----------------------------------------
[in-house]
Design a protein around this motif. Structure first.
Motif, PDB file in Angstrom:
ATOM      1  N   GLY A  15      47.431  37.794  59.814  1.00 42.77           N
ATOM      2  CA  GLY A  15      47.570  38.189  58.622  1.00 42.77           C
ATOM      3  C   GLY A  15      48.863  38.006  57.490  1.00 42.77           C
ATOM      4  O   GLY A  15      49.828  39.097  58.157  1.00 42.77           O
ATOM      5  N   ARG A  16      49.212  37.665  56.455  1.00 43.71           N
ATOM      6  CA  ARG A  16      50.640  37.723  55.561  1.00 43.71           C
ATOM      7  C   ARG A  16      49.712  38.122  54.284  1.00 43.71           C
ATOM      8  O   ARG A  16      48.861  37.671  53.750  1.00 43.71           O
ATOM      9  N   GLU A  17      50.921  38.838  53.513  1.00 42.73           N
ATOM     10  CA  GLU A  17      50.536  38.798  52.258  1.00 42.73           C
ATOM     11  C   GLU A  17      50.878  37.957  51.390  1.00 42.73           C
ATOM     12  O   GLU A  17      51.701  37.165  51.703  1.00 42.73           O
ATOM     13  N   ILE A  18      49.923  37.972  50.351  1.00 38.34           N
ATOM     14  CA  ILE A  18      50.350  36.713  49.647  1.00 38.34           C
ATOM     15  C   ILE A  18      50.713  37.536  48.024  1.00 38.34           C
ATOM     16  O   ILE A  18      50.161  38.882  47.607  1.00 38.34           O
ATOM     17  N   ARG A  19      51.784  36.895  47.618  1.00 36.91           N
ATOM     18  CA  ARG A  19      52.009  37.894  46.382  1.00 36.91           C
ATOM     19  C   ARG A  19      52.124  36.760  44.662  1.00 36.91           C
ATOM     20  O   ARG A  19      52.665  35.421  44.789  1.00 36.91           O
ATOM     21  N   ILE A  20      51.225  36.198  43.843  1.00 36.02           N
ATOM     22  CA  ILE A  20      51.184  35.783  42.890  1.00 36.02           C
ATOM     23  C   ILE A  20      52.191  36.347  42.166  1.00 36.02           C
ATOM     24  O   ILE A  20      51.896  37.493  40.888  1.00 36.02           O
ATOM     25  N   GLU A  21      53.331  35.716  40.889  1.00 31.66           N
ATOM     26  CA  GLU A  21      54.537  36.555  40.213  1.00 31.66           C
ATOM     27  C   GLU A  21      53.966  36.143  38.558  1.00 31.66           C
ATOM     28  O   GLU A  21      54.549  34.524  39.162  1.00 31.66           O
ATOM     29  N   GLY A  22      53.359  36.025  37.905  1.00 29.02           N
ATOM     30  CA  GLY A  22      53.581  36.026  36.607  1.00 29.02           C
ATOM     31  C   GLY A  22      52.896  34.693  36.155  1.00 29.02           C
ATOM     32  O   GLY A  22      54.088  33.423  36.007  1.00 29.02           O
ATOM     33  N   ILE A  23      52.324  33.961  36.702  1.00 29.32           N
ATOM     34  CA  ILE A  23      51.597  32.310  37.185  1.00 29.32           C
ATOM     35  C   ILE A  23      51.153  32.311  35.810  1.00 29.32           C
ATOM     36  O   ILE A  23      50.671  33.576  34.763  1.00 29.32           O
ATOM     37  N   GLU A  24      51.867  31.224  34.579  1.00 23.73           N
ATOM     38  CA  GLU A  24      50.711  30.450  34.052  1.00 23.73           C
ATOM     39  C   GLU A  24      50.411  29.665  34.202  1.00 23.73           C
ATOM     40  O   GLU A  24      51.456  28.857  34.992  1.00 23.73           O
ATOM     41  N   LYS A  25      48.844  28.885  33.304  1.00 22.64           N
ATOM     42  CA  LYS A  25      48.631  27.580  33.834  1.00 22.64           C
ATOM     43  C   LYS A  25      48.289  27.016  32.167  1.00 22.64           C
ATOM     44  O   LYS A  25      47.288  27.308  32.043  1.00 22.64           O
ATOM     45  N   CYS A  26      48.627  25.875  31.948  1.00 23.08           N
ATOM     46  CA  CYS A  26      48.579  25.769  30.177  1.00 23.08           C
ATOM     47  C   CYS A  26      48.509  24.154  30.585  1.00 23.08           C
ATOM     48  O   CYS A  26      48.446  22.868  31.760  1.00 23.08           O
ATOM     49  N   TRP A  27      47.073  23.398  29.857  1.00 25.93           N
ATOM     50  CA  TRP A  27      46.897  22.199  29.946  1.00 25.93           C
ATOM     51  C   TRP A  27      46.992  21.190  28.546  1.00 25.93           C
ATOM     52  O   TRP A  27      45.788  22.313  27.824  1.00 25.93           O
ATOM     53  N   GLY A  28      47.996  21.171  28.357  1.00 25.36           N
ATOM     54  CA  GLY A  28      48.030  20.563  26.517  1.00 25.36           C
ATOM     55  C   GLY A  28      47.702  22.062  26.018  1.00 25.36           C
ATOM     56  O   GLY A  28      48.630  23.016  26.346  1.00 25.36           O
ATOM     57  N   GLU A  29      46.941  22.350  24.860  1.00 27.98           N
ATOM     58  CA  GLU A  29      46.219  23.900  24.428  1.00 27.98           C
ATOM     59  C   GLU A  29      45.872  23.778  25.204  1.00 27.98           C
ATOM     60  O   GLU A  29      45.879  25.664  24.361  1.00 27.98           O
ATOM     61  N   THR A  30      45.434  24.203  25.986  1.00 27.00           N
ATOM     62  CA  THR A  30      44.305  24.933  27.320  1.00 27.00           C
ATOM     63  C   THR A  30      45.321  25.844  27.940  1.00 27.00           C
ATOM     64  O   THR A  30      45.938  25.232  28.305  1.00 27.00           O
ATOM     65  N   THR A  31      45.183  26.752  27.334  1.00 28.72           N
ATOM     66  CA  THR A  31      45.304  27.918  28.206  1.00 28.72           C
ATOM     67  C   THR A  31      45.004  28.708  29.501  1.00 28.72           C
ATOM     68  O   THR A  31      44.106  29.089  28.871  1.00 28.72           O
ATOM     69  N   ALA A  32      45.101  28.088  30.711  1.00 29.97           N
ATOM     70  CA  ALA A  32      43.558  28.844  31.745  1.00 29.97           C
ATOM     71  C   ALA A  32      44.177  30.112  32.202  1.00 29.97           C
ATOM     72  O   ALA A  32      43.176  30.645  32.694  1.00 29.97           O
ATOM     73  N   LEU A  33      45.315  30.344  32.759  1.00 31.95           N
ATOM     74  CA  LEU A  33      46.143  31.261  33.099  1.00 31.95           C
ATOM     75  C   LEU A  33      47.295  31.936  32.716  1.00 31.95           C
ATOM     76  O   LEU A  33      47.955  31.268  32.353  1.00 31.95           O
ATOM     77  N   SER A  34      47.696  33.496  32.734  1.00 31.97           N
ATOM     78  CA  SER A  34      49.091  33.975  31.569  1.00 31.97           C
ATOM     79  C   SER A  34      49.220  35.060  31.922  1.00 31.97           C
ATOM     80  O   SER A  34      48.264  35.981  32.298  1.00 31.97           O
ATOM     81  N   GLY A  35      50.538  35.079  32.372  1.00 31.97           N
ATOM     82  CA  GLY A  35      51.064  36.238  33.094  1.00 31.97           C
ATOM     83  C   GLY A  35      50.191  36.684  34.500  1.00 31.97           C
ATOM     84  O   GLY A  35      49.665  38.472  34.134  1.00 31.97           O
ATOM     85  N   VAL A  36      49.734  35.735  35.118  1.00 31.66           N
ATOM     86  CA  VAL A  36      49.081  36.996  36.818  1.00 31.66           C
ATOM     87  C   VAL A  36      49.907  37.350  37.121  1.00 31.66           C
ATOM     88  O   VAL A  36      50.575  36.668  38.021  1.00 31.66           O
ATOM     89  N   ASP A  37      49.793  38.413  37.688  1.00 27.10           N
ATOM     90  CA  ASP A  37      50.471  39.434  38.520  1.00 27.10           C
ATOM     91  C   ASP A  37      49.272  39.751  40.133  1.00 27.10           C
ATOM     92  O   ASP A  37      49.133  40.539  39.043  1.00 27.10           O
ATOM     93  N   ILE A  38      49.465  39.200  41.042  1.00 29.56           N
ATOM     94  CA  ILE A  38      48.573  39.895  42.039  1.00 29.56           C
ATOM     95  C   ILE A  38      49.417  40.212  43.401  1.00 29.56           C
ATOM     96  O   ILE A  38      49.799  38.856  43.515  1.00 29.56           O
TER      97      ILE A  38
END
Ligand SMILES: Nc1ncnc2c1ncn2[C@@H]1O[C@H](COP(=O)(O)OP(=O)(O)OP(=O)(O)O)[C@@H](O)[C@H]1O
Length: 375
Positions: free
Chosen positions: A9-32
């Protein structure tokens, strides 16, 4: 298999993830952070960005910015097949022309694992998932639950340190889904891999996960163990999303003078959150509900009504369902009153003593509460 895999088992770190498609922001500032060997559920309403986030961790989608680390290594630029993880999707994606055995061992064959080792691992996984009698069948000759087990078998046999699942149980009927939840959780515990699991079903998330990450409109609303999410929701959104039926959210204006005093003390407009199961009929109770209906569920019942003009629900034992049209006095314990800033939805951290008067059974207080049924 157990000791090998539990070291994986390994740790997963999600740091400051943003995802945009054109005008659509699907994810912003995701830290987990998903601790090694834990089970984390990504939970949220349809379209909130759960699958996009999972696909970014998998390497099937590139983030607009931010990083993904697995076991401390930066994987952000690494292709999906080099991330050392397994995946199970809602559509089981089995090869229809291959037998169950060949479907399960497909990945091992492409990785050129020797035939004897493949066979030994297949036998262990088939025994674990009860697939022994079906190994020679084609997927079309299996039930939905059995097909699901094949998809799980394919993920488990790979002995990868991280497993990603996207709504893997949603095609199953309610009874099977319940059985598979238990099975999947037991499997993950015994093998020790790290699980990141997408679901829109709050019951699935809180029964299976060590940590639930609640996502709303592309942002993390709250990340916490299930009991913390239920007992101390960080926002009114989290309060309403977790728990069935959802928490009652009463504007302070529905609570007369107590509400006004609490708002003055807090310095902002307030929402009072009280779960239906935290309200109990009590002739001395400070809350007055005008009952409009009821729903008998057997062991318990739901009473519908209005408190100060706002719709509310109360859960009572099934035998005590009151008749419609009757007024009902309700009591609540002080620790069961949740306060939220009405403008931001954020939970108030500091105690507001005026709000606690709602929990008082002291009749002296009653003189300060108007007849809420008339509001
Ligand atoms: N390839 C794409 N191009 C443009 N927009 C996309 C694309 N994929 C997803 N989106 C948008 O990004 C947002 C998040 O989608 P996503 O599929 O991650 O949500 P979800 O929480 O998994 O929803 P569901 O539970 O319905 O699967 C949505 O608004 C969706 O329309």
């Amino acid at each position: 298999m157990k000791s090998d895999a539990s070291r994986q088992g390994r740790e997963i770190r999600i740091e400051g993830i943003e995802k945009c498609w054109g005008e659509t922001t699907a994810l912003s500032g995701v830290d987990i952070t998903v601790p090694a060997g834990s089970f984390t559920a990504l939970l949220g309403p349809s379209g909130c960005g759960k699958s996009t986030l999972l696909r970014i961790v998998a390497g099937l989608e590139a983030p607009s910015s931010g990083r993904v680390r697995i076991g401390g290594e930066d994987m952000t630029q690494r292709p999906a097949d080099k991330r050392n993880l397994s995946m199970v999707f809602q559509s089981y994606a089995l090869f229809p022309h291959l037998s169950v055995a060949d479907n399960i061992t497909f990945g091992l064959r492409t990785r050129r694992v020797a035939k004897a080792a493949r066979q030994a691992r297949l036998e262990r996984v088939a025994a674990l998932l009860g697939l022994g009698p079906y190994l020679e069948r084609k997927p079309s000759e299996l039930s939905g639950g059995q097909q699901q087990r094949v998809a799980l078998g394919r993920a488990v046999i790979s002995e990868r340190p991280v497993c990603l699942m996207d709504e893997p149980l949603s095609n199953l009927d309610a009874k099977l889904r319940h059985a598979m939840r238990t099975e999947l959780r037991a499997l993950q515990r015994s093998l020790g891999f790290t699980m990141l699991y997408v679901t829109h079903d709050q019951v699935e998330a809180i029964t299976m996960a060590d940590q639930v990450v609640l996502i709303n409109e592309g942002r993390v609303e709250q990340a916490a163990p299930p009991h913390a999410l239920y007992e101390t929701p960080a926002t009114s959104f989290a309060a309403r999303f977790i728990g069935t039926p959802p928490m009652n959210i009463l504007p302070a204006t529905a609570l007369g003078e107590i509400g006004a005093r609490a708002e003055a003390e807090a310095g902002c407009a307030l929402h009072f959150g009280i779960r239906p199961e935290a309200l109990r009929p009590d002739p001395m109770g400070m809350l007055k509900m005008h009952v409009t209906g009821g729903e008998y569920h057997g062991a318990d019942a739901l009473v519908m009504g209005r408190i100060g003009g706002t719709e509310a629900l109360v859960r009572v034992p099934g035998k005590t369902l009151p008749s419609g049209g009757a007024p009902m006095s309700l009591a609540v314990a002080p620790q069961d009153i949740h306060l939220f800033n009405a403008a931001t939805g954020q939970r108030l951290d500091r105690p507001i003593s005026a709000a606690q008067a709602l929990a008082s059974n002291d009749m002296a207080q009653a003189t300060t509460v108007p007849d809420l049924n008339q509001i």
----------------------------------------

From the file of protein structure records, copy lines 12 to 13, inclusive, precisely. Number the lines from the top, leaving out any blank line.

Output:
ATOM      9  N   GLU A  17      50.921  38.838  53.513  1.00 42.73           N
ATOM     10  CA  GLU A  17      50.536  38.798  52.258  1.00 42.73           C